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October 2011

Elder Gallery in Charlotte, NC, Offers Exhibit of Works by American Women

Elder Gallery in Charlotte, NC, will present the exhibit, American Women, on view from Oct. 7 - 31, 2011. A reception will be held on Oct. 7, from 6-8pm.

For years women artists have worked to gain equal footing to their male counterparts. Artists such as Joan Mitchell, Grace Hartigan, Elaine de Kooning, and Helen Frankenthler, like many other gifted women, created exceptional artwork. Through their persistence and talent they were able to break down barriers in the male-dominated American art scene.

Elder Gallery’s exhibition, American Women, honors eleven women artists whose work has earned recognition in the national and international art world.

The following artists are included in the exhibition: Martha Armstrong, Cheryl Chapman, Cora Cohen, Mary Erickson, Claire Miller Hopkins, Cathryn Miles, Stephanie Neely, Jane Allen Nodine, Anne Raymond, Betty Anglin Smith, and Angelita Surmon.

Success for these painters stems from total dedication to their art and desire to perfect their techniques and to explore new methods and subject matter. A number of the artists share their talents by teaching others at colleges, universities, art academies, and workshops.

Paintings selected for the exhibition range from photo realism to total abstraction. Nodine’s abstract encaustic paintings and Neely’s oil pastel paintings are excellent examples of complex techniques that have resulted in national acclaim.

Jane Allen Nodine is well-known for her contributions to teaching and higher education, and in 2008 was recognized by the University of South Carolina Upstate with the Faculty Award for Scholarly and Creative Pursuits. In 2004 she received the SECAC Award for Teaching Excellence by the Southeastern College Art Conference. Her career in art spans several decades, and in 1999 she was selected by the South Carolina State Museum and the South Carolina Arts Commission as one of the one hundred most significant artists in South Carolina during the 20th Century.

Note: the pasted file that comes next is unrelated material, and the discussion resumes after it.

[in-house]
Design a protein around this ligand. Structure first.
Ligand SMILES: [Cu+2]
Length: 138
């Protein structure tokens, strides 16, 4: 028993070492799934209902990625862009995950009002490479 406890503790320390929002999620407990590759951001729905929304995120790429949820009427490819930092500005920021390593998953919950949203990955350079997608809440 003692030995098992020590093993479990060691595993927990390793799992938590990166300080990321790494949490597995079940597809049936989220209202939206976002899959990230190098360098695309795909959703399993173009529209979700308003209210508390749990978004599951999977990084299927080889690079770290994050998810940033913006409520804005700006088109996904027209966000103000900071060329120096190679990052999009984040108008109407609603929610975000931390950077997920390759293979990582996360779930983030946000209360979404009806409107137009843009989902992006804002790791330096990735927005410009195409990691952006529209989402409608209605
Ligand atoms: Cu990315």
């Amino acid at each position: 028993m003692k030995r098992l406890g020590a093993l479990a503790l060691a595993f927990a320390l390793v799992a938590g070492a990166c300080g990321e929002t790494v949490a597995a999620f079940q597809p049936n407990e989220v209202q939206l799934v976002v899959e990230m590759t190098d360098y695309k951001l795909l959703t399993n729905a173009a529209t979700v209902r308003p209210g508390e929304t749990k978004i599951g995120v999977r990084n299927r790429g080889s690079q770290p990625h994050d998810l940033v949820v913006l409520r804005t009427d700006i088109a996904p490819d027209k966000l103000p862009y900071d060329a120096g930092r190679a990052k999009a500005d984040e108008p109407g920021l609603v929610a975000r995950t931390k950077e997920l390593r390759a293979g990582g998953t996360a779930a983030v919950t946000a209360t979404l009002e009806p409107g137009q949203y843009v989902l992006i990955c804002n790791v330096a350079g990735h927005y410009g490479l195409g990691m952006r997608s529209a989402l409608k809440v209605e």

Stephanie Neely is a Signature Member of the Oil Pastel Society, Member of International Guild of Realism, and an Associate Member of Oil Painters of America. She most recently won the Thomas Moran Award at the Salmagundi Club of New York, was a Finalist in International Artist Magazine’s Still Life and Floral Competition, and First Place, Pastel in Hilton Head Art League National Exhibition.

Anne Raymond’s work is in the permanent collections of major museums including The Boston Museum of Fine Arts and The Blanton Museum of Art, University of Texas at Austin. She has shown extensively in one-person and group shows in the United States and abroad. Noteworthy galleries in New York; North Carolina; Illinois; Arizona; Texas; California; Oregon; Florida; and Wisconsin have exhibited her work.

Martha Armstrong was awarded the Hamish Fellowship from Smith College, the Camargo Foundation Grant, Cassis, France, and has served as Visiting Artist at the American Academy in Rome, Italy. She has served as Visiting Artist, International School of Painting, Drawing and Sculpture, Umbria, Italy; Visiting Artist at the University of New Hampshire, the University of South Carolina, American University, and at Dartmouth College. She also has served as Visiting Critic, Pennsylvania Academy of Fine Arts.